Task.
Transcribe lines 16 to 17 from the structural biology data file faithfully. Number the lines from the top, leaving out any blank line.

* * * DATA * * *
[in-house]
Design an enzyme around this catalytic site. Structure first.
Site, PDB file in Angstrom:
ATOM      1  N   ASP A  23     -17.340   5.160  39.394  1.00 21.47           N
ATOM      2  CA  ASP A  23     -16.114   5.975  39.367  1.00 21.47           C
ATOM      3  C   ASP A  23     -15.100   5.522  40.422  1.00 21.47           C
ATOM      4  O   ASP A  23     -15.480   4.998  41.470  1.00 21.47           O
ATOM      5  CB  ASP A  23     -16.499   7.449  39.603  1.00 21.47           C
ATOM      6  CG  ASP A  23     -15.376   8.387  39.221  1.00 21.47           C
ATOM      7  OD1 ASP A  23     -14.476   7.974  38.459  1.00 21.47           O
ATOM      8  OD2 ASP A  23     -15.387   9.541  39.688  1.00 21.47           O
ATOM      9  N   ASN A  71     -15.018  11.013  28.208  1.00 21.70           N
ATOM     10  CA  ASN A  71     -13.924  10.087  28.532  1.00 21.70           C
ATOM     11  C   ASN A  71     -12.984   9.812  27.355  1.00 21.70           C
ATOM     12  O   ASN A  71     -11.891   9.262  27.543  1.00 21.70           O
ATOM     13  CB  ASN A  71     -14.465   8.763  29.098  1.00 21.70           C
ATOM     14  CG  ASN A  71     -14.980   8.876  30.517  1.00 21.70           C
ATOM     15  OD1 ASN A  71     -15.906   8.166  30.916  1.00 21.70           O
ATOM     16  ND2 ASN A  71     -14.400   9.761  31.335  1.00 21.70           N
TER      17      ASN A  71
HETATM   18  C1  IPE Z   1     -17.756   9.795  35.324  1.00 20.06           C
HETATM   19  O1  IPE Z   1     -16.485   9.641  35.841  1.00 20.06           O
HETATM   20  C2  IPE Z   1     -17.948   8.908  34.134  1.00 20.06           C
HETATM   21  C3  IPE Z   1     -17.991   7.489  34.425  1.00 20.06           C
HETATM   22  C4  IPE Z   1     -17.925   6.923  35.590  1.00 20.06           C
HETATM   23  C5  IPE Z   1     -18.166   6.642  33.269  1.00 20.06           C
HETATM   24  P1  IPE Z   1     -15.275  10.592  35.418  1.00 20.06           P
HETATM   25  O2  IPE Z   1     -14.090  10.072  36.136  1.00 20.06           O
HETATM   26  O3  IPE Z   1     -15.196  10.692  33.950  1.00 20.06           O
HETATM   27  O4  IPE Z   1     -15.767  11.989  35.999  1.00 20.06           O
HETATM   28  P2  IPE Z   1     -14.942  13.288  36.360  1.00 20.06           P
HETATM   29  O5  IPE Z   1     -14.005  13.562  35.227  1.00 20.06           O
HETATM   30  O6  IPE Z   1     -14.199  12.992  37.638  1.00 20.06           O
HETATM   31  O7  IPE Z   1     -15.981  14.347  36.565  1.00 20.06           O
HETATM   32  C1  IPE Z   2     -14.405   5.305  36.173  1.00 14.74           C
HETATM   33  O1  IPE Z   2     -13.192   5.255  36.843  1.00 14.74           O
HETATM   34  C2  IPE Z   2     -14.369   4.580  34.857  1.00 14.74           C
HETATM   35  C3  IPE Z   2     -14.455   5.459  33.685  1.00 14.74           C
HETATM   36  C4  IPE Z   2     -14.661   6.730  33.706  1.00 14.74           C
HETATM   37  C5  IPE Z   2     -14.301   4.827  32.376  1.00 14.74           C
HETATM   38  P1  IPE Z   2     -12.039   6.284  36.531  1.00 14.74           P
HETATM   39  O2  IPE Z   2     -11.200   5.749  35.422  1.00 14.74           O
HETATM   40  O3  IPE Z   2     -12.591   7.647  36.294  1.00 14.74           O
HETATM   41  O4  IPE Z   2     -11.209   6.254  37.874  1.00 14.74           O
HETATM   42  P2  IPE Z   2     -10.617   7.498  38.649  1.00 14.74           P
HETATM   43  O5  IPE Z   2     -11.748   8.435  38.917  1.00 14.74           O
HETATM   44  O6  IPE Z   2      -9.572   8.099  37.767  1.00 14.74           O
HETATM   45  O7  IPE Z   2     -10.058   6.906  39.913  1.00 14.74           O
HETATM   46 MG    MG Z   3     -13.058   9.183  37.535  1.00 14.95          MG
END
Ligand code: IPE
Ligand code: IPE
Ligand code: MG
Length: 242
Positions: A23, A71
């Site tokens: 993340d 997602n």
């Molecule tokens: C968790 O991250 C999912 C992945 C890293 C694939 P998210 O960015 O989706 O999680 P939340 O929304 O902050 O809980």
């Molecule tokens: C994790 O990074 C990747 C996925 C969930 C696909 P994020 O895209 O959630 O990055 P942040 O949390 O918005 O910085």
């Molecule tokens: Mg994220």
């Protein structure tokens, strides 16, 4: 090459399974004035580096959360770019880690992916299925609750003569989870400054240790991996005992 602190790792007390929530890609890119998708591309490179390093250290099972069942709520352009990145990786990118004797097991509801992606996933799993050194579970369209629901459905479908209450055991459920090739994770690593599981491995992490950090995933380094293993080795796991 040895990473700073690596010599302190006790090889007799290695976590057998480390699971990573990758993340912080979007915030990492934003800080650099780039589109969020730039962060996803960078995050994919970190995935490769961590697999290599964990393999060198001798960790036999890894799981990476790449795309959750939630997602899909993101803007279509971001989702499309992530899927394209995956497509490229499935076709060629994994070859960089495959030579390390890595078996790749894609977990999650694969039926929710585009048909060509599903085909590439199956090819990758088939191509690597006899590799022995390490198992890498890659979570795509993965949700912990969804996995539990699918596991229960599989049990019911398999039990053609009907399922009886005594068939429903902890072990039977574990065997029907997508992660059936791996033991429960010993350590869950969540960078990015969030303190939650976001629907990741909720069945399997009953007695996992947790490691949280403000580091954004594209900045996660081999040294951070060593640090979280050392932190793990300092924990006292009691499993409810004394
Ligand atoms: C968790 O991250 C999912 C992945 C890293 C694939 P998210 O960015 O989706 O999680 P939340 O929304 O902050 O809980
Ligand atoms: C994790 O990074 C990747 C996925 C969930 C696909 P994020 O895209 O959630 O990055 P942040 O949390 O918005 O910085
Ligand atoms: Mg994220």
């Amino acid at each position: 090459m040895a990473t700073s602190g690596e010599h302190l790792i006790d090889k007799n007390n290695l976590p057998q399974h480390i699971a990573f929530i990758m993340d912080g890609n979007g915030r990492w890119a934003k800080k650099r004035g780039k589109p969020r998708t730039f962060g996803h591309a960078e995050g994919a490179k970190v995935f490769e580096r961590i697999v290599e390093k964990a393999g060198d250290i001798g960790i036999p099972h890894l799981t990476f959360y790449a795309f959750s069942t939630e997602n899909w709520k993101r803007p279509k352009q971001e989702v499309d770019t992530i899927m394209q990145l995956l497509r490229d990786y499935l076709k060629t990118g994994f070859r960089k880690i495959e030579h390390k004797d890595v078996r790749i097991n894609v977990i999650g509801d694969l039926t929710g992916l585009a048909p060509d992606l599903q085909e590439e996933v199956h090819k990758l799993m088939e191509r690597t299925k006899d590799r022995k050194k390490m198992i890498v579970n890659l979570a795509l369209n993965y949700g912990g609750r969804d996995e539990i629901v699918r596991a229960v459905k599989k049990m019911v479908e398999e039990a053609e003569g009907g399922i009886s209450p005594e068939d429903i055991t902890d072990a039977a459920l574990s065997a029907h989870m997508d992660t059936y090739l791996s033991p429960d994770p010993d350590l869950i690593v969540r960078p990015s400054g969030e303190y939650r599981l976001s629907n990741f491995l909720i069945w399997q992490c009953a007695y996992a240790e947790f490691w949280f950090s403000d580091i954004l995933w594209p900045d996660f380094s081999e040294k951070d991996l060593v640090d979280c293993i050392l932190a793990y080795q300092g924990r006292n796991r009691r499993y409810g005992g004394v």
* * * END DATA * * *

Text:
ATOM     13  CB  ASN A  71     -14.465   8.763  29.098  1.00 21.70           C
ATOM     14  CG  ASN A  71     -14.980   8.876  30.517  1.00 21.70           C